Modernization boosts cybersecurity anxieties, survey says

A survey of 200 federal IT leaders found that while most saw the eventual benefits of IT modernization, the process has resulted in a more challenging cybersecurity environment.

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When it comes to protecting the government's IT infrastructure from cyberattacks, conventional wisdom has long held that modernization of outdated legacy systems can be a key driver of improved security.

The results of a survey released Sept. 6 challenged that conventional wisdom. The poll, conducted by Unisys found that a majority of federal IT leaders believe modernization efforts have increased, not decreased, their overall security challenges.

When it comes to cybersecurity, 59 percent of respondents said their agencies IT modernization efforts have increased the security challenges they face. Unisys Federal President Venkatapathi Puvvada said the results don't suggest that modern software or architecture are less safe, but rather illustrate the "double-edged sword" of IT modernization efforts.

"It's complex to manage and difficult to staff, that's the reason why respondents can't get their hands around the processes to manage security," said Puvvada.

The chaotic nature of IT transformation may also be a factor, as agencies attempt to simultaneously operate in two worlds: the old IT environment and the new. Tony Sager, senior vice president at the Center for Internet Security, said it's already challenging for federal IT leaders to meet the regulatory reporting requirements of the status quo without the "trauma" that comes from most large scale IT transformations.

"Where I see people stressed is if they see old requirements they're stuck dealing with while trying to change the IT infrastructure at the same time," said Sager.

Of those who said their security issues have increased, more than half (53 percent) cited their IT staff's difficulties supporting and completing the transition from old technologies to new. Increased compliance reporting was the second-most frequently cited reason (42 percent), while "learning new systems" came in at third (41 percent.)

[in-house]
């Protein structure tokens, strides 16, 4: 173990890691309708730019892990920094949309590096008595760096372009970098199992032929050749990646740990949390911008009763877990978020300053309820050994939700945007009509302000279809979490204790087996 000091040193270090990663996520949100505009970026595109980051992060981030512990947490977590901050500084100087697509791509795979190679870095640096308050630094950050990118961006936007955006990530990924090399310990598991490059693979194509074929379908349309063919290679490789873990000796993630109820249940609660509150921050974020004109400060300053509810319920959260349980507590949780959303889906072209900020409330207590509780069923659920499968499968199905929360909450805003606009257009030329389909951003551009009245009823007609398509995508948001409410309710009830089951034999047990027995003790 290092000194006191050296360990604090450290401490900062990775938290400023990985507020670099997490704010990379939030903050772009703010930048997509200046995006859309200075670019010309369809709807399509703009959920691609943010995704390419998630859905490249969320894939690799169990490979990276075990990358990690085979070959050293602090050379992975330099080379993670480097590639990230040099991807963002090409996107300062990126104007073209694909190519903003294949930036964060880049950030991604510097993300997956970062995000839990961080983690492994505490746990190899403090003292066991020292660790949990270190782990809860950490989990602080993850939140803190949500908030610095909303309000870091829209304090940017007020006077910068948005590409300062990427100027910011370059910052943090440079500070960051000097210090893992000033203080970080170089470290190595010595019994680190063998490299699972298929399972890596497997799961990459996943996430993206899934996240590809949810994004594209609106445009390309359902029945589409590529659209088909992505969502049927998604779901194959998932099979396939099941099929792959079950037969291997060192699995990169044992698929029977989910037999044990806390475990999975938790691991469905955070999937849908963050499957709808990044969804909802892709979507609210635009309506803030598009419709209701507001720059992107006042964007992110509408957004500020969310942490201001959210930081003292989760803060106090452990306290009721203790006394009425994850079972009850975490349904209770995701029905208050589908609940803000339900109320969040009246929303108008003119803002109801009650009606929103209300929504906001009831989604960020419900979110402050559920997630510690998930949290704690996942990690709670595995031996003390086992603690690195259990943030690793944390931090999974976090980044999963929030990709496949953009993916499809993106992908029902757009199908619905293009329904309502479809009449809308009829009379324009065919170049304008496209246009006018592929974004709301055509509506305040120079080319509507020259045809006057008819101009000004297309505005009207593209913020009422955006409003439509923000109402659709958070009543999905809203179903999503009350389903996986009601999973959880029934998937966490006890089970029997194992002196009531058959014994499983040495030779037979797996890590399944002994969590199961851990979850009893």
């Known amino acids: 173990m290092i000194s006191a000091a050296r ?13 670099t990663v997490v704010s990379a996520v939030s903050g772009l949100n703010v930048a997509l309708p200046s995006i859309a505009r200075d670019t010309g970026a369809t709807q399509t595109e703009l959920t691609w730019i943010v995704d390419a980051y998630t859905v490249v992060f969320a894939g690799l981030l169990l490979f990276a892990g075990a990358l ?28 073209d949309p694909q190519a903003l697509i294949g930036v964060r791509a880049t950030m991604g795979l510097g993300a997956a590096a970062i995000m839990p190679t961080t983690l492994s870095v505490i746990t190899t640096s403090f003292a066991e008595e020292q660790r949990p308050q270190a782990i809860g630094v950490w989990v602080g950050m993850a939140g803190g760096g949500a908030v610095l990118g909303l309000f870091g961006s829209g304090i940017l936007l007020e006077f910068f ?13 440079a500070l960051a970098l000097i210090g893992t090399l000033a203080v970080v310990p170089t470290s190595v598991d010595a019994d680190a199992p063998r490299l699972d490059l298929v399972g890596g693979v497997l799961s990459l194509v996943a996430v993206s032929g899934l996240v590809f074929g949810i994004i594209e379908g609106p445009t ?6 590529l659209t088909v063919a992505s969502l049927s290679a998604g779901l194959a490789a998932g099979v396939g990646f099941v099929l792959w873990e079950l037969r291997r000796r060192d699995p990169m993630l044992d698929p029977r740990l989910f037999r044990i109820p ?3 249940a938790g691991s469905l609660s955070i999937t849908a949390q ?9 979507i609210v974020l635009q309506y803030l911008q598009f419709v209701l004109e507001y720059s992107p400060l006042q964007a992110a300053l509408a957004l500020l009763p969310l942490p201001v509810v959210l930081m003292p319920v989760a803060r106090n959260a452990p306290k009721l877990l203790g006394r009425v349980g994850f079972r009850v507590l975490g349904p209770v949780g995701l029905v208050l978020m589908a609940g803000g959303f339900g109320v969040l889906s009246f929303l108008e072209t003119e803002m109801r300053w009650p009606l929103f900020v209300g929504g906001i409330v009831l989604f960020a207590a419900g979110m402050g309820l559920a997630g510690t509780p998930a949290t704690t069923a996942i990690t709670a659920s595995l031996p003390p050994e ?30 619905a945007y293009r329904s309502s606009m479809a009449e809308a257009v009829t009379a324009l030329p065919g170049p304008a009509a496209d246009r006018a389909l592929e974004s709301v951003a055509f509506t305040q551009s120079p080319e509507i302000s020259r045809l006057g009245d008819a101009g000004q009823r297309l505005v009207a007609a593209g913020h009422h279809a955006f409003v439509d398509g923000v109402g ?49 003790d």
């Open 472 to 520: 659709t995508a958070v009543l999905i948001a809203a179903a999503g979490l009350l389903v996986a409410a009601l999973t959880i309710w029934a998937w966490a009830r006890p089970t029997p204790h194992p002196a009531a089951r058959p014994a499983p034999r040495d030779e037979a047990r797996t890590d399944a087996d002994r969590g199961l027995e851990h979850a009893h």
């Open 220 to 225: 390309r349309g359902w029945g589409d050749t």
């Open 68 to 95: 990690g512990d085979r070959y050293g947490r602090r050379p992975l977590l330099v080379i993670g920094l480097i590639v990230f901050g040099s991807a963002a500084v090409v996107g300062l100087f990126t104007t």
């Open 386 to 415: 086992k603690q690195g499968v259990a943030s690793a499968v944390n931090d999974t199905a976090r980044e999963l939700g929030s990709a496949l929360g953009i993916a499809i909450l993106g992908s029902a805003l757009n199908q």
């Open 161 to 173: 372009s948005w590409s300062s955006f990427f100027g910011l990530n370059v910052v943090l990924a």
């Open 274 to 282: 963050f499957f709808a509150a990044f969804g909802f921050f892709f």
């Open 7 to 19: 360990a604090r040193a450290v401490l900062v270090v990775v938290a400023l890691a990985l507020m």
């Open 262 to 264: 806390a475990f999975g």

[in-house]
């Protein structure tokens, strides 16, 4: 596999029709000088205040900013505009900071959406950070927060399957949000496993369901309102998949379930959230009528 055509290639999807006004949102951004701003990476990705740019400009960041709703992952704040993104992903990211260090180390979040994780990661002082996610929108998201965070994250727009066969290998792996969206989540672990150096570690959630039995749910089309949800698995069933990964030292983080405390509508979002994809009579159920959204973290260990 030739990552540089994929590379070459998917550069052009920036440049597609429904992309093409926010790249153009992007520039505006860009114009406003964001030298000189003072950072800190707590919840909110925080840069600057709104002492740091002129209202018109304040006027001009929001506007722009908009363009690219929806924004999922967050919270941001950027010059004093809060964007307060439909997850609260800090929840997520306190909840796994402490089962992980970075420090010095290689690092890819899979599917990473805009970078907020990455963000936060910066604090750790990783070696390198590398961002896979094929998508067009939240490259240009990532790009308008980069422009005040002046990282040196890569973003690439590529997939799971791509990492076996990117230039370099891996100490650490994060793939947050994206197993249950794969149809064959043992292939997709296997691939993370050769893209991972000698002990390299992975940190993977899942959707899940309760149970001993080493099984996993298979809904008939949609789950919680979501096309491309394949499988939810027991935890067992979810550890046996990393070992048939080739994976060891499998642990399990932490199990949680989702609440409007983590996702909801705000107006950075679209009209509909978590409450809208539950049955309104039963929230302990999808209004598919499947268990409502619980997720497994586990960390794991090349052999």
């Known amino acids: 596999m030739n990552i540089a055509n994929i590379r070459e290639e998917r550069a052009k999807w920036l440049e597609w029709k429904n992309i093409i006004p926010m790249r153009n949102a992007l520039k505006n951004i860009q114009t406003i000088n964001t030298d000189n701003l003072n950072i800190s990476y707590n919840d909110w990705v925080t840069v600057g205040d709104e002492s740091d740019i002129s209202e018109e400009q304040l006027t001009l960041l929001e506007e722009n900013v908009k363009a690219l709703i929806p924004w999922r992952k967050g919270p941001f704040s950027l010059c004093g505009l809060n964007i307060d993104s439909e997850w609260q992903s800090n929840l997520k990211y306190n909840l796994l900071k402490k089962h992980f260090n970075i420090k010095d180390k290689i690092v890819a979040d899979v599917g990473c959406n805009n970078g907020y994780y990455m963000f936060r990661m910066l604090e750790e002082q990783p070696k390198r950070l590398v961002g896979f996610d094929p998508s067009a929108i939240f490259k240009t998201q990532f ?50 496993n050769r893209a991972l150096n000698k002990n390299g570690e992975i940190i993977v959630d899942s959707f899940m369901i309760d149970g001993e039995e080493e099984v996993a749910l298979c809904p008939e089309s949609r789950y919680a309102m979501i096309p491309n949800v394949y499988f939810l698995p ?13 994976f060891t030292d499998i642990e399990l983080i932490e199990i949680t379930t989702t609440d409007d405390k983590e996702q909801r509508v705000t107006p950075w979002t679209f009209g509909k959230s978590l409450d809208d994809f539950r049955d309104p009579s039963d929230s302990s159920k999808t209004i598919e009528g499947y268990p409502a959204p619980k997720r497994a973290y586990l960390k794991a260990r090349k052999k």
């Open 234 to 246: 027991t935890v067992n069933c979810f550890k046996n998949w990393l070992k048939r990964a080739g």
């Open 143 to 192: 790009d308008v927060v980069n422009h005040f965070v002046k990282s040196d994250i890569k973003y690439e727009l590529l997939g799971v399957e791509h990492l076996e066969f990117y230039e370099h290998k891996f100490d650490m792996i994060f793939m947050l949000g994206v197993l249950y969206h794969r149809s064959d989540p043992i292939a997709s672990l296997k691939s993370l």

Unisys canvassed 200 current federal IT executives for the survey, with respondents involved in acquisition decision making, management, developing requirements and other modernization functions. The group split evenly between defense and civilian agencies.

Enhanced security was the number one benefit associated with IT modernization, selected by 38 percent of respondents, despite concerns about risks. Puvvada said this contradiction was more a reflection that change and adapting to a new environment can be unpleasant, especially during the transition phase.

"At the end of the day, once people make the journey and see modern systems with new software and equipment that have a lot of built-in security components, they start to see the benefits," he said.

While upgrading and standardizing systems can bring with it more modern and enhanced security, Sager said it can also simplify things for hackers as well.

"When you bring large worldwide enterprise tools to bear, you do consolidate more and create shinier targets for bad guys to go after, but you also have much more opportunity," he said.

While IT modernization has had broad, bipartisan support for years, survey responses indicate that many federal agencies still have a ways to go. When it came to rating their own performance on modernization efforts, fewer than 20 percent gave their agency an "A."

Part of the problem is funding. A bill to jump start cloud transition and modernization, the Modernizing Government Technology Act, remains stuck in the Senate after passing the House through a voice vote in May. The Trump administration released its own plan for IT modernization, but the report is still in the draft phase as the White House seeks comment from industry partners and the public.

Puvvada said the focus of the Trump administration's plan on protecting high-value IT assets combined with the executive order on cybersecurity signed in May provides "a very significant boost" to many of the concerns relayed in the survey.

The backlog of politically appointed leadership positions that have yet to be filled by the administration may also be contributing to agency paralysis. The federal CIO and federal chief information security officer positions have yet to be filled. The Department of Homeland Security needs a new CIO after Richard Staropoli resigned in August, and several other agency CIO posts also are filled on an acting basis.

Sager said that while there was plenty of room for discussion about whether certain positions are necessary, it was just a "fact of life" that better staffing will lead to better coordination on modernization initiatives.

"There's room for disagreement over exactly how many jobs need to be filled…but we do need to move faster on the federal level, I really believe that," said Sager.

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